India Pauses Oxford-AstraZeneca’s Covid-19 Vaccine Trials


MUMBAI — The clinical trials of Oxford-AstraZeneca’s vaccine candidate for Covid-19 have been paused in India.

The Serum Institute of India, which is conducting the clinical trials, announced the pause on Sept. 10. The Swedish-British pharmaceutical giant had declared a “voluntary pause of vaccination” one day earlier after a volunteer developed an unexplained illness in the UK Phase-III trial.

The Serum Institute of India, known as the world’s largest vaccine maker, has collaborated to manufacture the Oxford-AstraZeneca’s candidate, and it launched multicentre phase-II and -III trials last month in 17 sites across India.

“We are reviewing the situation and pausing India trials till AstraZeneca restarts the trials,” said a statement issued by the institute of Sept. 10. “We are following Drug Controller General of India’s instructions.”

AstraZeneca announced the development on Sept. 9.


“A standard review process has been triggered, leading to the voluntary pause of vaccination across all trials to allow an independent committee to review the safety data of a single event of an unexplained illness that occurred in the UK Phase III trial,” its statement said. Illnesses can happen by chance in large clinical trials and must be independently reviewed, the company said.

CEO Pascal Soriot called the delay a “temporary pause” and said it’s “living proof that we follow those principles while a single event at one of our trial sites is assessed by a committee of independent experts.”

“We will be guided by this committee as to when the trials could restart so that we can continue our work at the earliest opportunity to provide this vaccine broadly, equitably and at no profit during this pandemic,” he said.

The Serum Institute is headquartered in Pune, a city in western India. It entered into a partnership last month with Gavi, the vaccine alliance, and the Bill & Melinda Gates Foundation to manufacture and deliver up to 100 million doses of Covid-19 vaccines for India and other low- and middle-income countries.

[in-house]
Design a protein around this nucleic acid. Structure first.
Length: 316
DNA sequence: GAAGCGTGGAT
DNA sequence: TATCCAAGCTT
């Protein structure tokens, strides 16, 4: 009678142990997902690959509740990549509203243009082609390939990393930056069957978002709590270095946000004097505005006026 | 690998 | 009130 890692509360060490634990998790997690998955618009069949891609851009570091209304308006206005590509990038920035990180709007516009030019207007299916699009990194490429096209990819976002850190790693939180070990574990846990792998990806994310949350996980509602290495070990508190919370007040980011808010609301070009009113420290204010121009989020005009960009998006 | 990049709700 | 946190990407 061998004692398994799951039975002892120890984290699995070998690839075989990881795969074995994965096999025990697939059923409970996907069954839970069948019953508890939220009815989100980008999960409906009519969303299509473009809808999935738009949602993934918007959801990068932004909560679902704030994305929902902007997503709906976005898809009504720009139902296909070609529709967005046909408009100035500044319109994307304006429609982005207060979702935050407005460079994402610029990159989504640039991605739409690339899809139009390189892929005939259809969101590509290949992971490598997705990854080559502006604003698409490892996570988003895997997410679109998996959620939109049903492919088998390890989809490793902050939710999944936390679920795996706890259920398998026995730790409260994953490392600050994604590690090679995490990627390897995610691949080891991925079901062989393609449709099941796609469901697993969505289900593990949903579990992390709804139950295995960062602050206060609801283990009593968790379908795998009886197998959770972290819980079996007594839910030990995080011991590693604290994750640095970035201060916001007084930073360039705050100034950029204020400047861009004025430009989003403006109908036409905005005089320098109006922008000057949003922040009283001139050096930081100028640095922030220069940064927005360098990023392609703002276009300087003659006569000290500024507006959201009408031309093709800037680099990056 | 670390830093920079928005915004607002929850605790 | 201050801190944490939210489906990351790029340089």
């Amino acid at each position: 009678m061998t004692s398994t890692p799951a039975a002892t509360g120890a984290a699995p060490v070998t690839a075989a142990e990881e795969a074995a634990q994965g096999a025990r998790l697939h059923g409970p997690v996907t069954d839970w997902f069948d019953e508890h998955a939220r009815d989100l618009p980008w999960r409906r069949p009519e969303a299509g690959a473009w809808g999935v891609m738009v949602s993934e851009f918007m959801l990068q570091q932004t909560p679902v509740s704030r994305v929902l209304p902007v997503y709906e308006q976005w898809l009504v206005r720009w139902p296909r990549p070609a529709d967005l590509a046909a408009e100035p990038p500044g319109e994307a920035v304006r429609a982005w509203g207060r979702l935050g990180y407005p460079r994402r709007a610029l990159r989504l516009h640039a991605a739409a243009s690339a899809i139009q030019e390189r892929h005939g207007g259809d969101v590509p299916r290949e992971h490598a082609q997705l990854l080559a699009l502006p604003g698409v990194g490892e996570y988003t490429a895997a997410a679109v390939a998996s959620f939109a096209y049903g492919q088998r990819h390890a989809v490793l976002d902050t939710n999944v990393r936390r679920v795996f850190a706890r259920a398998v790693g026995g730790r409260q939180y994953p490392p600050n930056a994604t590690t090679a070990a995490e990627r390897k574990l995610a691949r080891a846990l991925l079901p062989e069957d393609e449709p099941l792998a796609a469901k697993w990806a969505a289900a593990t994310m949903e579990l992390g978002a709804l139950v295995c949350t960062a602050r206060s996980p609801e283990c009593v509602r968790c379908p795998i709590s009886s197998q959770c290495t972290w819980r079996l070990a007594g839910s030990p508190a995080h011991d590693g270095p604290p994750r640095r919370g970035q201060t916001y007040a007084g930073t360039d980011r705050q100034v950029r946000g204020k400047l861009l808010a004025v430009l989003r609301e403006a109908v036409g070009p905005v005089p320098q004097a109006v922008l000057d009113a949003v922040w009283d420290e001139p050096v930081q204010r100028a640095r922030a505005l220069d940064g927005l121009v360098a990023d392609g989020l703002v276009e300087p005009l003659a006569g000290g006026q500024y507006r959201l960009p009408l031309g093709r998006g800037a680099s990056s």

The Indian drug controller approved the trials on Aug. 3 and mandated that they are carried out at a pan-Indian level. The institute’s trials were to recruit 1,600 volunteers across 17 trial sites across the country. Data from the first 100 Indian participants who were vaccinated with the trial medication were sent to the Drug Controller General of India last week.

“The first 100 volunteers are from four trial sites,” said Dr. Jitendra Oswal, deputy medical director of the Bharati Vidyapeeth Medical College and Hospital in Pune, which has also submitted its data.

“The DGCI is currently in the process of analyzing the data based on which we would get the clearance to conduct the next phase of the trial,” added Dr. Oswal. The hospital is expecting to hear from the DCGI by next week.

In Mumbai, two civic-run hospitals were shortlisted as the trial sites.

“We have already recruited 100 volunteers as per the inclusion protocol set for the research,” said Dr. Ramesh Bharmal, dean of BYL Nair Hospital, a civic-run institute in Mumbai and one of the 17 trial sites. “However, we have not started the vaccination as of now. The paperwork to procure the vaccine stocks is still on.”.

Medical experts said that such temporary pauses are not uncommon in clinical trials. It is a common practice to conduct a review when any participant develops adverse events to the medicine that is being tested.

Two N95 masks, one turquoise and one white, sit on a table. (Photo: US Center for Disease Control and Prevention)

“We are awaiting the findings of the safety data on the first 100 volunteers,” said Dr. Hemant Deshmukh, dean of KEM Hospital in Mumbai, one of the trial sites.

“We will get a go-ahead based on that data. Meanwhile, our background work is on.” Dr. Deshmukh said that trial pauses are very natural and suggest that each event is being closely monitored.

Globally, there are 35 vaccine candidates in clinical evaluation stages and nearly 145 in the pre-clinical evaluation stages, according to the World Health Organization’s draft landscape of vaccine candidates updated on Sep 9.

Oxford-AstraZeneca’s vaccine candidate, AZD1222, is among the front-runners in the vaccine race. It uses a “replication-deficient chimpanzee viral vector based on a weakened version of a common cold virus (adenovirus) that causes infections in chimpanzees and contains the genetic material of the SARS-CoV-2 virus spike protein.”.

“After vaccination, the surface spike protein is produced, priming the immune system to attack the SARS-CoV-2 virus if it later infects the body.”

(Edited by Uttaran Das Gupta and David Martosko.)

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